Police in Bulgaria have issued 20 penalties in nine months to people breaking the law against wearing clothing that covers or hides the face – or, as it is commonly known, the burqa ban.
All the fines were issued in within the Interior Ministry district of Pazardzhik, between October 2016 and May 2017.
Responding to local media inquiries, the Interior Ministry was unable to say whether the fines had been paid because fines are credited to the general budget of the ministry while unpaid sums are handed over for collection by the National Revenue Agency.
The “burqa ban” was approved by the 2014/17 National Assembly, having been tabled by the nationalist Patriotic Front coalition. The law forbids citizens of Bulgaria and foreigners in Bulgaria wearing garments in public that partially or completely hides their faces.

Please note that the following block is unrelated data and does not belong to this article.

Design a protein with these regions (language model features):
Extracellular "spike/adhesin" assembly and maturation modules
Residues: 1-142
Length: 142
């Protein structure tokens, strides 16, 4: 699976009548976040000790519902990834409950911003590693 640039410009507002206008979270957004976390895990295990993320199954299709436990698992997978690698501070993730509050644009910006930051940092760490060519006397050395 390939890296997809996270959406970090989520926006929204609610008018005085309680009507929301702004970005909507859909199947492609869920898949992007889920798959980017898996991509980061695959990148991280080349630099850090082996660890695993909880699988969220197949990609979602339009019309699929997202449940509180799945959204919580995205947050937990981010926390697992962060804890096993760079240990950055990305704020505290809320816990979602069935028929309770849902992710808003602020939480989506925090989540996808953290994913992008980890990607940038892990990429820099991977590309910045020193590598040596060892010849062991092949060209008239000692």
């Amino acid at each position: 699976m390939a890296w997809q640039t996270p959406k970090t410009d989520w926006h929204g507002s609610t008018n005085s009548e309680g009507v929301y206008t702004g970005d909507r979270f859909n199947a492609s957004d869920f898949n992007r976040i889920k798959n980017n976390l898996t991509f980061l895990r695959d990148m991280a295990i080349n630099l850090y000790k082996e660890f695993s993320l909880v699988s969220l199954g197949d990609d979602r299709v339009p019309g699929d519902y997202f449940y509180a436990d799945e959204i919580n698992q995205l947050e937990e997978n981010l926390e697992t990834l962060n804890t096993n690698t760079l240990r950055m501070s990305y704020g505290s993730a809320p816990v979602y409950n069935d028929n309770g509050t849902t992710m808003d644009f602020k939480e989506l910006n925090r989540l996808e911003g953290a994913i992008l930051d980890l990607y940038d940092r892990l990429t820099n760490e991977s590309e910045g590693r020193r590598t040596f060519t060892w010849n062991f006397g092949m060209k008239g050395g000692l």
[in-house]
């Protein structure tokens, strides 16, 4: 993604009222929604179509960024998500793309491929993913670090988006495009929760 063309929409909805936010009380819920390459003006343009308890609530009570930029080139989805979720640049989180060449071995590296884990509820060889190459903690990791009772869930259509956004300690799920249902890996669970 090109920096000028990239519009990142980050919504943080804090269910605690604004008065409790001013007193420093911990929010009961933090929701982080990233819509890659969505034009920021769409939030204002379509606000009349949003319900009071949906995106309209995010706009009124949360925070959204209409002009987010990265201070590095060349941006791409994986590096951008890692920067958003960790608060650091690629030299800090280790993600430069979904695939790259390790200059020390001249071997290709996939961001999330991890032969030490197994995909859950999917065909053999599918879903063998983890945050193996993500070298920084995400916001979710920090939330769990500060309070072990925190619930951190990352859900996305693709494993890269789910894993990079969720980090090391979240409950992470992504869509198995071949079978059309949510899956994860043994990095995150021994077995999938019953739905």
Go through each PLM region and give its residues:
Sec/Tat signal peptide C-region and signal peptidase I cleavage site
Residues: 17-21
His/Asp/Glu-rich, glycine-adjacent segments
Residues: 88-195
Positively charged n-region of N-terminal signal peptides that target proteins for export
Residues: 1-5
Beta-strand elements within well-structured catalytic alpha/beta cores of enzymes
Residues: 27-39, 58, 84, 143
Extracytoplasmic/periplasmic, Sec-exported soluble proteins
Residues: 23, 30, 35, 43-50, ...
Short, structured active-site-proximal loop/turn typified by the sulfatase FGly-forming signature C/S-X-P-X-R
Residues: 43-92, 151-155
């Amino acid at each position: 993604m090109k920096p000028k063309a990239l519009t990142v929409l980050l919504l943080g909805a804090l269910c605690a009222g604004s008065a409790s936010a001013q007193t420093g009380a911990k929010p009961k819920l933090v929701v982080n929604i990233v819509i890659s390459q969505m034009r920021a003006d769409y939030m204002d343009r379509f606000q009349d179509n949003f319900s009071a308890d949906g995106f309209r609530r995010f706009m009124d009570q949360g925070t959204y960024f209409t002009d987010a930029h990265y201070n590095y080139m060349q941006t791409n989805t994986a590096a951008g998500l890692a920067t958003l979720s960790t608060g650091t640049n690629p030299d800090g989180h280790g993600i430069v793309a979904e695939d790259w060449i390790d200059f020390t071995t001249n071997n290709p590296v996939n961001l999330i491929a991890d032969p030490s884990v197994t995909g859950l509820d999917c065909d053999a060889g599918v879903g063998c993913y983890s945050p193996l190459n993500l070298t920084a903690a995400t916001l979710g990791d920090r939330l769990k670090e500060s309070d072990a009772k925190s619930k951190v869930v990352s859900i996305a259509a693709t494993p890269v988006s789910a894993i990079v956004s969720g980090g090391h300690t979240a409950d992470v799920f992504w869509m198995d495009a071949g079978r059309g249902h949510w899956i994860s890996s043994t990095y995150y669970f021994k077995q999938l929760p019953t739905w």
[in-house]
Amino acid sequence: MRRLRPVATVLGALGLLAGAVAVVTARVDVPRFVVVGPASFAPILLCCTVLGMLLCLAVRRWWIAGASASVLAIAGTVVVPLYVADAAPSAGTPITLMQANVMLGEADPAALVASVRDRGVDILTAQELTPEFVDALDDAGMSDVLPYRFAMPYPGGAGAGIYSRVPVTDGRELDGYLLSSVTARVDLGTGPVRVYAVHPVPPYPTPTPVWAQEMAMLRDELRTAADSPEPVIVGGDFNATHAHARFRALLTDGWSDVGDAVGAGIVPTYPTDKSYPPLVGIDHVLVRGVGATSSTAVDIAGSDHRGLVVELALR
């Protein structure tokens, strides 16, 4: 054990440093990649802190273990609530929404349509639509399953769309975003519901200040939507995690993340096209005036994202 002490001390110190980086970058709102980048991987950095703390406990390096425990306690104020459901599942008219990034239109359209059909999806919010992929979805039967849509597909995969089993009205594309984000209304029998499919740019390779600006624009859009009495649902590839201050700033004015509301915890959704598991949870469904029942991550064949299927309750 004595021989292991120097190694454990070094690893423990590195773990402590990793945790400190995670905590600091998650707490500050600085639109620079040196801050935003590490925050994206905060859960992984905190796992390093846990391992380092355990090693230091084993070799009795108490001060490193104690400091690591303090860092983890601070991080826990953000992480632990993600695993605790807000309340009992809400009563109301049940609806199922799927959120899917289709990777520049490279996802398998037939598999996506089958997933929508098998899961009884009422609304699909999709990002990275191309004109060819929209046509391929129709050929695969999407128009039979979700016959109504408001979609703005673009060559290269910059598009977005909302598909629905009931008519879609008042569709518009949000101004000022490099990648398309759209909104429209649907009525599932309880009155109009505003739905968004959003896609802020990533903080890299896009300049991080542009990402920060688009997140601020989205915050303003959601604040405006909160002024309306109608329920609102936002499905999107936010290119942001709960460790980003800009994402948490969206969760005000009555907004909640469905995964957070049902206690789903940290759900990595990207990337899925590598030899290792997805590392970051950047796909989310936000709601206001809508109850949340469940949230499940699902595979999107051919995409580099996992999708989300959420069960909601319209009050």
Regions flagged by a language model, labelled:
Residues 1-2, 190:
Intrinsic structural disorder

The ban applies in various public places, such as the offices of official institutions, places of public recreation, culture and sports. It does not apply to recognised houses of worship, private homes, or to items worn for health reasons, as part of sporting events or to actors playing roles.
The penalty for a first offence is 200 leva (about 100 euro), and 1500 leva for second and further offences.
When they proposed the law, the Patriotic Front – now part of the United Patriots, the minority partner in the May 2017 coalition government – said that it would limit the influence of “certain external factors, foreign states, foundations and other organisations” that cause division in Bulgarian society and that impose clothing that is not traditional for Bulgarian society.
The Patriotic Front said that burqas were associated with shows of radicalism, and the Bulgarian legislation would contribute to “guarding national sovereignty” from “assimilative and aggressive assaults”.
(Photo: Hans Braxmeier)